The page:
Saturday, August 9, 2014

Just a little reflection on race

During my various visits in Guatemala, I've walked by dozens of schools, and have entered a few, as I have friends who have teachers. I have noticed that most of the visual images that appear in schools -- in posters on the walls, or murals painted on the outside of school buildings -- if there are children represented in those images, they are often white children.  In a few places there are murals that have indigenous themes -- one of the bilingual schools in Chichicastenango, for example. But many of the images look like they come from 1950s educational materials in the United States.  One can only imagine what the cumulative effect of this is on the predominantly indigenous student population -- to be surrounded of images of happy children who look nothing like you or anyone you know. The other day I was in the house of a friend, with several young girls -- her daughters and nieces. The dolls with which they were playing were all white Barbie-type dolls. I haven't made an examination of children's toys and whether there are any studies in Guatemala or elsewhere in Latin America that look at dolls and their impact on children's attitudes towards race, particularly children of color. There are indigenous dolls, but they are usually hand-made dolls that are not designed for children's play (and are priced for the tourist market, beyond the reach of local families, while the Barbie knockoffs, which are probably not exactly cheap for poor families, are at least somewhat within reach, and are sold at the places where ordinary people shop (regular stores, open-air markets). 

I write this because as I was walking back to the town center from the place where we had been meeting all day, I passed a school (which I had passed twice before), and was struck by the fact that although the population of Santa Eulalia is over 90% Q'anjob'al, all the children in the murals that decorated the outside wall of the school were white.

As I said, I haven't made any kind of scientific study of this, but my empirical experience tells me that many women and girls see "white" features as desirable. As I am often the only white person in many of the places I visit, whether people's homes or public gatherings, I am sometimes the object of attention from girls and other women because of my difference. Just the other day, at lunch with a friend's family, one of her sisters started to blush and giggle and said something in Q'anjob'al, which one of the other relatives translated for me. "She says she likes your eyes," I was told. "She wants to know if she can have eyes like yours."  I smiled and said that I wanted eyes like hers and we both laughed. When I lived her and went to a lot of meetings of Maya women's organizations, occasionally one of the women would comment about my hair or my skin, and would sometimes touch my hair or stroke my skin, commenting on the texture and/or color.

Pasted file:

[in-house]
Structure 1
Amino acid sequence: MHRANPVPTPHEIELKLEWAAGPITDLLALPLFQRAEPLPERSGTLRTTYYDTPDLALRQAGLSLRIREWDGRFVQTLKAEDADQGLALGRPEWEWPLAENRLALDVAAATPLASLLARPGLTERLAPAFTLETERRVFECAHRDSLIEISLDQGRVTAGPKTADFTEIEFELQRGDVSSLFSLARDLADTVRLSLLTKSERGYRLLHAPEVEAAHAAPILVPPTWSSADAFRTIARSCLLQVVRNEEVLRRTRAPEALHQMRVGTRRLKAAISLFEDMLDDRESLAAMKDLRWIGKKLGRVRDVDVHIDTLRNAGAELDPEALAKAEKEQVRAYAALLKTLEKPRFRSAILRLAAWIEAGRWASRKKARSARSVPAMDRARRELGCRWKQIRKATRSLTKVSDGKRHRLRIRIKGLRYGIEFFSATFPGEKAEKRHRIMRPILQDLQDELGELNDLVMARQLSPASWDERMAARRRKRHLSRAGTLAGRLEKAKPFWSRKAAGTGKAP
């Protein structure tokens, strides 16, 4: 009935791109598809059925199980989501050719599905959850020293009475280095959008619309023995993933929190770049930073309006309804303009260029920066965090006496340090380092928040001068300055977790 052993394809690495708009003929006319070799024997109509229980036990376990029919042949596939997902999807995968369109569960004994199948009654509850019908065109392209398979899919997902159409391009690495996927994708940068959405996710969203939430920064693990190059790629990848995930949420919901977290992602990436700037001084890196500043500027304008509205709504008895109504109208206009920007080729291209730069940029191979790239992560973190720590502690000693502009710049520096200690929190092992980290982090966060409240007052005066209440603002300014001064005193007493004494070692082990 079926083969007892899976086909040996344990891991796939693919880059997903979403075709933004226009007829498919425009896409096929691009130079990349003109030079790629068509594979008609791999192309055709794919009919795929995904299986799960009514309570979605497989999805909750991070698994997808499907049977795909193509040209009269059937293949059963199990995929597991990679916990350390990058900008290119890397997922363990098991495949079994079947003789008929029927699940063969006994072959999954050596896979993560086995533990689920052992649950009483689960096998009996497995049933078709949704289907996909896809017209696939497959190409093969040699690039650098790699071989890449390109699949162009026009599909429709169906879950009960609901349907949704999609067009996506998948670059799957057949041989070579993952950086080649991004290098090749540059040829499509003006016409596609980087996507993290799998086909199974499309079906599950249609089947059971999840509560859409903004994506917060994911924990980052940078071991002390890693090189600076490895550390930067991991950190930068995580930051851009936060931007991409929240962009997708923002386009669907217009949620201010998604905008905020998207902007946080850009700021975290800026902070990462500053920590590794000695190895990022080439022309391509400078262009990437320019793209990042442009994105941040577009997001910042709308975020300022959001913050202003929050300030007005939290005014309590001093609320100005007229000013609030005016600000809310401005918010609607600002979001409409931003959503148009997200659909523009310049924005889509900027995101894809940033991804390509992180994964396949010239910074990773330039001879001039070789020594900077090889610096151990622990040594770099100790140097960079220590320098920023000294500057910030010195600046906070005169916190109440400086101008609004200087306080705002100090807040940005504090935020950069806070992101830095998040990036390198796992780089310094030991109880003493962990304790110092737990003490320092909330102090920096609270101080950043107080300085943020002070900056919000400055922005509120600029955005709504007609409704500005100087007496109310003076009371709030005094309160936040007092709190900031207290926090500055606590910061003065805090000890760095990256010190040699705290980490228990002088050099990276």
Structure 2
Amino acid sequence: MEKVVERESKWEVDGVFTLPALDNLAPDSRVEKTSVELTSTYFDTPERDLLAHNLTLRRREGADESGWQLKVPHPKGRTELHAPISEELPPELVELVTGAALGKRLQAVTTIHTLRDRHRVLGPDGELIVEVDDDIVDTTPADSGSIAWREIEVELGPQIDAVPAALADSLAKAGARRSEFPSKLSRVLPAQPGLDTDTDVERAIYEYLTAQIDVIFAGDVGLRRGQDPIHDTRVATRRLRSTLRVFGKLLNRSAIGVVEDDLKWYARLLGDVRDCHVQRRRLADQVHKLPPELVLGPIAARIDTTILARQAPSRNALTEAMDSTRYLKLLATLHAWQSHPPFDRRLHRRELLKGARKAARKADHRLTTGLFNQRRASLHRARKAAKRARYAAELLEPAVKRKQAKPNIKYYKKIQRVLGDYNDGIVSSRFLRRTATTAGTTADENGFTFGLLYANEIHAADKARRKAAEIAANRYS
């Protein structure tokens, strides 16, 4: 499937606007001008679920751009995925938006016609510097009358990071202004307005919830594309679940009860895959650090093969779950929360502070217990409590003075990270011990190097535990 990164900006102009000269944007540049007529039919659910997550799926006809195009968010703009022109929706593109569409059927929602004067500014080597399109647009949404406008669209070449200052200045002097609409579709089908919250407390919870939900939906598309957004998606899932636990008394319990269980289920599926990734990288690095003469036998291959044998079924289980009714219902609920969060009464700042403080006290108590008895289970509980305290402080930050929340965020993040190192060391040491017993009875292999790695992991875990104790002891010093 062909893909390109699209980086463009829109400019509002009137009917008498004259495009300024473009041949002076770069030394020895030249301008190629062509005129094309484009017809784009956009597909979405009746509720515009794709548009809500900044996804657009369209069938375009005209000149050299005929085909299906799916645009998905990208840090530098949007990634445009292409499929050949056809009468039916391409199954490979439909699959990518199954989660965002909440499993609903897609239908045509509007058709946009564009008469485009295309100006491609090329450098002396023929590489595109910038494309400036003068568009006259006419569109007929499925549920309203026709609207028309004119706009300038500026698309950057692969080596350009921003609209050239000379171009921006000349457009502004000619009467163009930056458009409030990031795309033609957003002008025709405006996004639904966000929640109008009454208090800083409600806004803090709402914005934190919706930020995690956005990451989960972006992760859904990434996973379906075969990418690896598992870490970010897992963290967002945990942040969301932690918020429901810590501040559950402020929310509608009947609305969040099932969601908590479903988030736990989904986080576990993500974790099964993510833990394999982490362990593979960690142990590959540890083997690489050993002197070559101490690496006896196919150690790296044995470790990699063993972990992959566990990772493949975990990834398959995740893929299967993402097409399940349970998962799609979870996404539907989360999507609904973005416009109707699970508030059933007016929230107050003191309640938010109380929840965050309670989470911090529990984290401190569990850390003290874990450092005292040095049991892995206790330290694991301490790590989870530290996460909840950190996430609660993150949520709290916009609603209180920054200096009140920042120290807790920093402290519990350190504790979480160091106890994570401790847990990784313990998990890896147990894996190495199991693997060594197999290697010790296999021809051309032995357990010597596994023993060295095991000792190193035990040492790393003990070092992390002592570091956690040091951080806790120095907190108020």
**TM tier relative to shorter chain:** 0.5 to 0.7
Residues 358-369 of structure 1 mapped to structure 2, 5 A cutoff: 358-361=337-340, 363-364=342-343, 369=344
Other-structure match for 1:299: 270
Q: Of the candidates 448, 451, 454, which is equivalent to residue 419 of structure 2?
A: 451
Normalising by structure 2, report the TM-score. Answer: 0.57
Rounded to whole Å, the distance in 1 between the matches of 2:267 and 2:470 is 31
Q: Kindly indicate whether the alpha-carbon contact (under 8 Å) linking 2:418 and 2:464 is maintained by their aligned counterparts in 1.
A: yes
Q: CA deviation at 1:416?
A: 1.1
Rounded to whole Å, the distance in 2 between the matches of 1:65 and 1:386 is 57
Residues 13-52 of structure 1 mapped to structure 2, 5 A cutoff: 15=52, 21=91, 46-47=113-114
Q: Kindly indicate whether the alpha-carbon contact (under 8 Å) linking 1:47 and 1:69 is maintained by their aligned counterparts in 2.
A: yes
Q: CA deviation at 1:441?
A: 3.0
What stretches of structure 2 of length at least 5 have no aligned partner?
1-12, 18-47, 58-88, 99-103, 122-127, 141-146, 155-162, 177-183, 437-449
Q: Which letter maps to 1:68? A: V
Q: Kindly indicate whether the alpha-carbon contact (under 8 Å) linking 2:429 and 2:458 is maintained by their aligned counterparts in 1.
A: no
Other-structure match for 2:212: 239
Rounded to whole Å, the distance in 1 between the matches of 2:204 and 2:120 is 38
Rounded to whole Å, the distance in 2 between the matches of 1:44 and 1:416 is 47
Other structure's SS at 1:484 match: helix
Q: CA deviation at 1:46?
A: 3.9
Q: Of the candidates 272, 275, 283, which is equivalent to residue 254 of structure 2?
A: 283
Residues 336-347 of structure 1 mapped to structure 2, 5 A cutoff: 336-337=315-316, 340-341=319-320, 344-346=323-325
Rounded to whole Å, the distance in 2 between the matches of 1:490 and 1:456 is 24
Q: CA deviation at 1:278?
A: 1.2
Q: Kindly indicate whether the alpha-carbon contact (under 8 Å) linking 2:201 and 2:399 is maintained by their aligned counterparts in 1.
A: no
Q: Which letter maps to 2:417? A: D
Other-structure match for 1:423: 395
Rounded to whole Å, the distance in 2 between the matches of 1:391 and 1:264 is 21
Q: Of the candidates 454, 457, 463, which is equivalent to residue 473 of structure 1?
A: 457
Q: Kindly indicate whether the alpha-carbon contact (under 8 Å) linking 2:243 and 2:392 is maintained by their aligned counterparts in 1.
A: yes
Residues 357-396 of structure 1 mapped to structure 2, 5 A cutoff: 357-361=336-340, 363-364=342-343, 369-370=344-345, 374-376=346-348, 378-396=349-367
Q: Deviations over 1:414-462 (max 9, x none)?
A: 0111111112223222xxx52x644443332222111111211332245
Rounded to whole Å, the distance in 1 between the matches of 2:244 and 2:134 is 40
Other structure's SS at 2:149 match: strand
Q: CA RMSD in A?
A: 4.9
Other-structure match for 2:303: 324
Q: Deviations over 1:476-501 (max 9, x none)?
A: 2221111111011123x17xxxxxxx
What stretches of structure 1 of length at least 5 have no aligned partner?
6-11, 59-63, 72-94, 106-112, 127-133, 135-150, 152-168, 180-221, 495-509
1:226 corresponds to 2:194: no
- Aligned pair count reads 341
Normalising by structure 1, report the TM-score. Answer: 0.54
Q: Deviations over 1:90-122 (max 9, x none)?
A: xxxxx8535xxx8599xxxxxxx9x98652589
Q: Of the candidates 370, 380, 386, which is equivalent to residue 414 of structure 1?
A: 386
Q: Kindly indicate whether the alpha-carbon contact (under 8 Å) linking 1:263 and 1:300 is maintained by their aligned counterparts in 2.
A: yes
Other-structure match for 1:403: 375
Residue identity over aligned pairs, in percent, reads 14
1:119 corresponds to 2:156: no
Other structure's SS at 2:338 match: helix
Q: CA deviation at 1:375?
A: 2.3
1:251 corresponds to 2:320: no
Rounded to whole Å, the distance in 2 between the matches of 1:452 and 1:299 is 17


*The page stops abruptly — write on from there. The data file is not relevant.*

This reflection doesn't have an end point, as the question of race in Guatemala is nearly inexhaustible. Certainly in the mostly indigenous highland communities where I spend most of my time, the impact of centuries of displacement, war, discrimination and economic and political marginalization is evident nearly everywhere. One only has to compare roadways in  rural communities in the altiplano with those around cities where the non-indigenous elite live. Of course the subtle or perhaps not-so-subtle insinuation that white/foreign is better is not limited to murals on school buildings. Foreign brands are everywhere, and lately I've heard a lot of criticism of this. However, the criticism is pretty much contained among the ranks of "political Mayas".

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